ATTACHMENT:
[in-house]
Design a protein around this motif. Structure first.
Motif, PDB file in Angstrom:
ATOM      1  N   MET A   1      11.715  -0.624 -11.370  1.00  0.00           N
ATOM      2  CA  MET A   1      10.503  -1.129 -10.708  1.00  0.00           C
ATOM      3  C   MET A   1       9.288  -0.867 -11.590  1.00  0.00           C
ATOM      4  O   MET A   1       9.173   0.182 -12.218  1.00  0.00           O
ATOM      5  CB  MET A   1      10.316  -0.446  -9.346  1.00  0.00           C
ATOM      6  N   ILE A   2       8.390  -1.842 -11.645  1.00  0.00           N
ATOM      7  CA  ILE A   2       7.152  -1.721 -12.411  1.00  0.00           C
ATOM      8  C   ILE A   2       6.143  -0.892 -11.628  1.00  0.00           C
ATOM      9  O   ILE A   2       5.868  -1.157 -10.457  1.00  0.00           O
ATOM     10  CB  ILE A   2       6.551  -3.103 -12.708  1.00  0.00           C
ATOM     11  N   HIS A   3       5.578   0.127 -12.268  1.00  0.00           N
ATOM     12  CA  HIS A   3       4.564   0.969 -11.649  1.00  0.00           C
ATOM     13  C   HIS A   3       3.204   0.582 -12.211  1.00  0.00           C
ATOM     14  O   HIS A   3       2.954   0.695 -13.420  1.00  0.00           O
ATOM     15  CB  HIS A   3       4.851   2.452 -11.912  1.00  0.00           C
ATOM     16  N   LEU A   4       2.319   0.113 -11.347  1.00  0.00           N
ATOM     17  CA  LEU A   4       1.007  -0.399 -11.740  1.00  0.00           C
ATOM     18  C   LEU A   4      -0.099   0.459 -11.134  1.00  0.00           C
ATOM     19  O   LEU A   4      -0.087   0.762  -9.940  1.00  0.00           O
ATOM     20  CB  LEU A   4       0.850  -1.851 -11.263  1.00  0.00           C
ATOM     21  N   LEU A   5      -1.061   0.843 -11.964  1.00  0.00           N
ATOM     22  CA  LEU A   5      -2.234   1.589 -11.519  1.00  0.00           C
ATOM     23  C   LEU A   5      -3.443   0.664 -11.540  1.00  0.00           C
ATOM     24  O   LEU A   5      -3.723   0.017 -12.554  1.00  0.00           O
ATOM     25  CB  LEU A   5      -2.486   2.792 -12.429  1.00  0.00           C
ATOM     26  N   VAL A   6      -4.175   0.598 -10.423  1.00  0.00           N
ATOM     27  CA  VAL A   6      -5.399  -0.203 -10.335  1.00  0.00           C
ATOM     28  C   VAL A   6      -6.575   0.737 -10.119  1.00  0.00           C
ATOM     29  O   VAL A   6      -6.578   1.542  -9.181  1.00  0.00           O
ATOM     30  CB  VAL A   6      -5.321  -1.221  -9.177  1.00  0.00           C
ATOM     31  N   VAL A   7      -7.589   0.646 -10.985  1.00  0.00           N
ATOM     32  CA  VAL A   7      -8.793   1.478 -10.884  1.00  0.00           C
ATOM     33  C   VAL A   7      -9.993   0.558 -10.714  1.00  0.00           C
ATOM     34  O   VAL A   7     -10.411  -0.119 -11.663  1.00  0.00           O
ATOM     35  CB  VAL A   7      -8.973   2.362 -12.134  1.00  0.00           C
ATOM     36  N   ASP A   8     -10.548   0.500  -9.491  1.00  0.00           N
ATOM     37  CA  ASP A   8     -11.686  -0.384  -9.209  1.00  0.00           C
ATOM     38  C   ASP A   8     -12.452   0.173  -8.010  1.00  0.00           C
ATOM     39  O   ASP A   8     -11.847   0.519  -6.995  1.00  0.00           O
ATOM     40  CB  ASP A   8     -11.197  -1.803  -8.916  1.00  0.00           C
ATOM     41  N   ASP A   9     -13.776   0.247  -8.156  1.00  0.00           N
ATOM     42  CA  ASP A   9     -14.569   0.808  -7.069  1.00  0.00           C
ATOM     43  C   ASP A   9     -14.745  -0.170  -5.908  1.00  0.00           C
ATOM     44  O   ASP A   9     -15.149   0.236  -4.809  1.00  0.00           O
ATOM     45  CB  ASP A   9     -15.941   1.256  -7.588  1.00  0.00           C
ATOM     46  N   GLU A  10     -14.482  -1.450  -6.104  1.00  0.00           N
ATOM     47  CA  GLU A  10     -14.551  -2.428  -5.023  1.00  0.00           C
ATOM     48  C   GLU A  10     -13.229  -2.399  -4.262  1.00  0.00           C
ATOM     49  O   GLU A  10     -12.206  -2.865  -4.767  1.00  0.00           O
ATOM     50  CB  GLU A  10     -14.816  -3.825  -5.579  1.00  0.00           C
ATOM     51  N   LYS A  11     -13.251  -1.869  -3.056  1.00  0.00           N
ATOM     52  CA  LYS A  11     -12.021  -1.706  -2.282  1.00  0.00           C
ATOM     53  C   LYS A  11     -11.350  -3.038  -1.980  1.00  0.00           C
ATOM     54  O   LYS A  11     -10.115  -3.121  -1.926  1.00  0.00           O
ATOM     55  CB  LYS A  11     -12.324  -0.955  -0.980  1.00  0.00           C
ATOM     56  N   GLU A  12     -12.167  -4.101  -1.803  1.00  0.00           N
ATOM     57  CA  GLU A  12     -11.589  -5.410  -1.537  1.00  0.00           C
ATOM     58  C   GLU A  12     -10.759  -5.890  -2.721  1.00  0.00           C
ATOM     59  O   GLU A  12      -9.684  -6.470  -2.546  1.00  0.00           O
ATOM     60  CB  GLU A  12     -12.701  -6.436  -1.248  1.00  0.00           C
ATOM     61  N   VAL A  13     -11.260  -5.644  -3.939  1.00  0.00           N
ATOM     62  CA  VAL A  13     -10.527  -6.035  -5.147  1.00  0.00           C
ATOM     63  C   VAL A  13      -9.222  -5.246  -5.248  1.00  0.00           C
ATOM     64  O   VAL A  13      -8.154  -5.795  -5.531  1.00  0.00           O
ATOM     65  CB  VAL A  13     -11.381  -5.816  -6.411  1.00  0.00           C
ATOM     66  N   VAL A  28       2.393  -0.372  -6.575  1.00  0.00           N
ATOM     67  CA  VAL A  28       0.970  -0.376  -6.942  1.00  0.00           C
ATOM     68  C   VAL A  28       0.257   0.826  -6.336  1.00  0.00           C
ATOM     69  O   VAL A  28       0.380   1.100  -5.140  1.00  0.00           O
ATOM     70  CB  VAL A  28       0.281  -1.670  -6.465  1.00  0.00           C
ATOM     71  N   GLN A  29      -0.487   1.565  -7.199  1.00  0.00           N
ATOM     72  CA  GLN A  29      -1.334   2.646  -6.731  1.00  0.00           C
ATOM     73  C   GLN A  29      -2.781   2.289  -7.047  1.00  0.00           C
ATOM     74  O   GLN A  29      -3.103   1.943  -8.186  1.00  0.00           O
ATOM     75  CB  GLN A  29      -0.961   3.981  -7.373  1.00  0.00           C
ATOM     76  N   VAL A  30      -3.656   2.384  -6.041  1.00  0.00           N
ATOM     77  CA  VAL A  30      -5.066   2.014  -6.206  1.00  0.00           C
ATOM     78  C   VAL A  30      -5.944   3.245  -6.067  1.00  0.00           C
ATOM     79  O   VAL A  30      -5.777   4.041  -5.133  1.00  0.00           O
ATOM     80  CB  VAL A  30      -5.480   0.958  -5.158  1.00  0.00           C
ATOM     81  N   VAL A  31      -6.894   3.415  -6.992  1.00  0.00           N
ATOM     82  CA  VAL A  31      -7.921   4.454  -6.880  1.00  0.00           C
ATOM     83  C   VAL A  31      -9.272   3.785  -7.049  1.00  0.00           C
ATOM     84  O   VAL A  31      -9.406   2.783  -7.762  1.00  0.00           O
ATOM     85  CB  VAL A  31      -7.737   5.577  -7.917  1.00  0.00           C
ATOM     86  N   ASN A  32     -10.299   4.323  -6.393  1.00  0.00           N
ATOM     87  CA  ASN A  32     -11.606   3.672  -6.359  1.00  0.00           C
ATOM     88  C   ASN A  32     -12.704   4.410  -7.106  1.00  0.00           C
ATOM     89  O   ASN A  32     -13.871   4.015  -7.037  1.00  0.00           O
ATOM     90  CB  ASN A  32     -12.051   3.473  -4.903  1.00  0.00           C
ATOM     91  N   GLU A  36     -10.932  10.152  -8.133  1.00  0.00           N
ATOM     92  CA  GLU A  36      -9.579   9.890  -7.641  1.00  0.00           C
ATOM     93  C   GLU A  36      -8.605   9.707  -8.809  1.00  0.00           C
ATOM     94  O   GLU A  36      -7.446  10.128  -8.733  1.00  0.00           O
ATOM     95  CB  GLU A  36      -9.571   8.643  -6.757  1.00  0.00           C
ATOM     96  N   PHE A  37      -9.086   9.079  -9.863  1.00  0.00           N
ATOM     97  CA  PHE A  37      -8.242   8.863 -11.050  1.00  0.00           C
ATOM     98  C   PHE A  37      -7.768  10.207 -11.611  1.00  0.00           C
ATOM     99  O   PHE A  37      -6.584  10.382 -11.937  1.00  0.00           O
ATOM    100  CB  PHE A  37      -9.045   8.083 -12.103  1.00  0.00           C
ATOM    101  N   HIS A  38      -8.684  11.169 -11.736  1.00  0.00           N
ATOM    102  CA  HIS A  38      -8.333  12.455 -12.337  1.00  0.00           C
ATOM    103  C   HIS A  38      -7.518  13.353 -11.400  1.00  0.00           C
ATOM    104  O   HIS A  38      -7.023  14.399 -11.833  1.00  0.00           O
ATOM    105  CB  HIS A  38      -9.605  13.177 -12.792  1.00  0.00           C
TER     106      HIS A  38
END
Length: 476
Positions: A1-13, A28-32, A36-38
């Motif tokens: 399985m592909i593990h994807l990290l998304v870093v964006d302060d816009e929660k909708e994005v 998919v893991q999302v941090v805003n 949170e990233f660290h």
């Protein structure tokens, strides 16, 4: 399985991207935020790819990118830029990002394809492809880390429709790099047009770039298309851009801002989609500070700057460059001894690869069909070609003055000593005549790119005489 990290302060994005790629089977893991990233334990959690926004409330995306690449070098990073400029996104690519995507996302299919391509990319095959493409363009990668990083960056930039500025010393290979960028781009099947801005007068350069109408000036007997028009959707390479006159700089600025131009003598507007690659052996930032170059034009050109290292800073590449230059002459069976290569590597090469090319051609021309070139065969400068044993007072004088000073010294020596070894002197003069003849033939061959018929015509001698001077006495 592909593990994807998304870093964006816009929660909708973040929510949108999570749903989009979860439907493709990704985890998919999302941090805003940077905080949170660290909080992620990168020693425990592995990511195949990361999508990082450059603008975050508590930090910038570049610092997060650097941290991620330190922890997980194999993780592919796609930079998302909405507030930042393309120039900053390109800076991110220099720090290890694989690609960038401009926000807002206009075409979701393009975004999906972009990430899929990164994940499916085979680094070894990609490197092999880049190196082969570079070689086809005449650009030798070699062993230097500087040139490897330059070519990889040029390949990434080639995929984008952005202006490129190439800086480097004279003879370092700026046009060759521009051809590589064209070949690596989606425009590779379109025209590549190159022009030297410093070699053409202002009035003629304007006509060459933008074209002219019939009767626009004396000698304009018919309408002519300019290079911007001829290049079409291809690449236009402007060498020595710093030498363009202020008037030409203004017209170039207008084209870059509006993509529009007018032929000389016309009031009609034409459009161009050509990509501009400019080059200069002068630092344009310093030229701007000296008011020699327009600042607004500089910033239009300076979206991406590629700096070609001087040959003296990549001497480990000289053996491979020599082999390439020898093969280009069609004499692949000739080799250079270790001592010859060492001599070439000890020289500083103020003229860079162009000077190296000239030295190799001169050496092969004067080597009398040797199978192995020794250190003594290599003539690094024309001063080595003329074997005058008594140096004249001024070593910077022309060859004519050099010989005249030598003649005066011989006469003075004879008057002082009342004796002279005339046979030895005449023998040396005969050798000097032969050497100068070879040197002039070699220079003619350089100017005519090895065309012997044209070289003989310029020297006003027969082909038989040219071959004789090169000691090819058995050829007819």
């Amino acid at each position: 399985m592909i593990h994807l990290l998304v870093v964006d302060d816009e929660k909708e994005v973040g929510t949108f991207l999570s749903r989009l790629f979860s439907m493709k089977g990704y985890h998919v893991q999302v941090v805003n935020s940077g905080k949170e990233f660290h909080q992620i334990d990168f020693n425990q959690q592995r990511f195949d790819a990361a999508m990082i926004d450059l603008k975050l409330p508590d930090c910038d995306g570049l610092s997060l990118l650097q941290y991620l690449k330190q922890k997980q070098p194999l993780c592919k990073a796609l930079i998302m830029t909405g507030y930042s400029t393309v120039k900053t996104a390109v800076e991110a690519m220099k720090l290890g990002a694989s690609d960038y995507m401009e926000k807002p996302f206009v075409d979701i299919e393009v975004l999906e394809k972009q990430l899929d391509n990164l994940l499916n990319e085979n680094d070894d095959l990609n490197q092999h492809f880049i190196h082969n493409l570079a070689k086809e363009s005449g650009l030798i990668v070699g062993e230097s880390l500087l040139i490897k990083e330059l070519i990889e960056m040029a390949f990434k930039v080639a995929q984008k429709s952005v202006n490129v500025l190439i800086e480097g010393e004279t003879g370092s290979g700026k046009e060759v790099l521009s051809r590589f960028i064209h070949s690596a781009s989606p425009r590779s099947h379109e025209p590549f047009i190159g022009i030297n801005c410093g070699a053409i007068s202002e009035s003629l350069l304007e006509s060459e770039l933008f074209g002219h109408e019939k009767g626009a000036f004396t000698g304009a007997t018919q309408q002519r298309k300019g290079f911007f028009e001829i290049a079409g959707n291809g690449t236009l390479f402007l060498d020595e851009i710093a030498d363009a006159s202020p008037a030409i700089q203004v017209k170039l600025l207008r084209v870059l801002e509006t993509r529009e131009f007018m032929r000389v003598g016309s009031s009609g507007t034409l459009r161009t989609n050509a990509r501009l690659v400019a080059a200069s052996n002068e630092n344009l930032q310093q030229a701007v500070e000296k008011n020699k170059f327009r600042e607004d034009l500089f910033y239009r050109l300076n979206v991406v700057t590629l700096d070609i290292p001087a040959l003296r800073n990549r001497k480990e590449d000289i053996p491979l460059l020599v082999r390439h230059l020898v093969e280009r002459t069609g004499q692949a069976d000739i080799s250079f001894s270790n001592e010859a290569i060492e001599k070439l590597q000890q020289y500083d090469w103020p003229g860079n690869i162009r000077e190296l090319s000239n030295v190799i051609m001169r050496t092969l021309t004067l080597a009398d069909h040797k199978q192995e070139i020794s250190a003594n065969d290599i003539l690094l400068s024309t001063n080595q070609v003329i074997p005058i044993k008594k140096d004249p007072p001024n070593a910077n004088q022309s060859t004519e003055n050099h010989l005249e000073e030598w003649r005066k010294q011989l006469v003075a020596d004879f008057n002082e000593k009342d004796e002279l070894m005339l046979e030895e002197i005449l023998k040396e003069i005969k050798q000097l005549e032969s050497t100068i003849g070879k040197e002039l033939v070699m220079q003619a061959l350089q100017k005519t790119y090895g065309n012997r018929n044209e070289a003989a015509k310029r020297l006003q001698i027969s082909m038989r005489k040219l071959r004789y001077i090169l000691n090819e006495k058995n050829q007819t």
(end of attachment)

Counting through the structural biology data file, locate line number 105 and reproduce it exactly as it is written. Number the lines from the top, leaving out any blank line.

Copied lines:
ATOM    102  CA  HIS A  38      -8.333  12.455 -12.337  1.00  0.00           C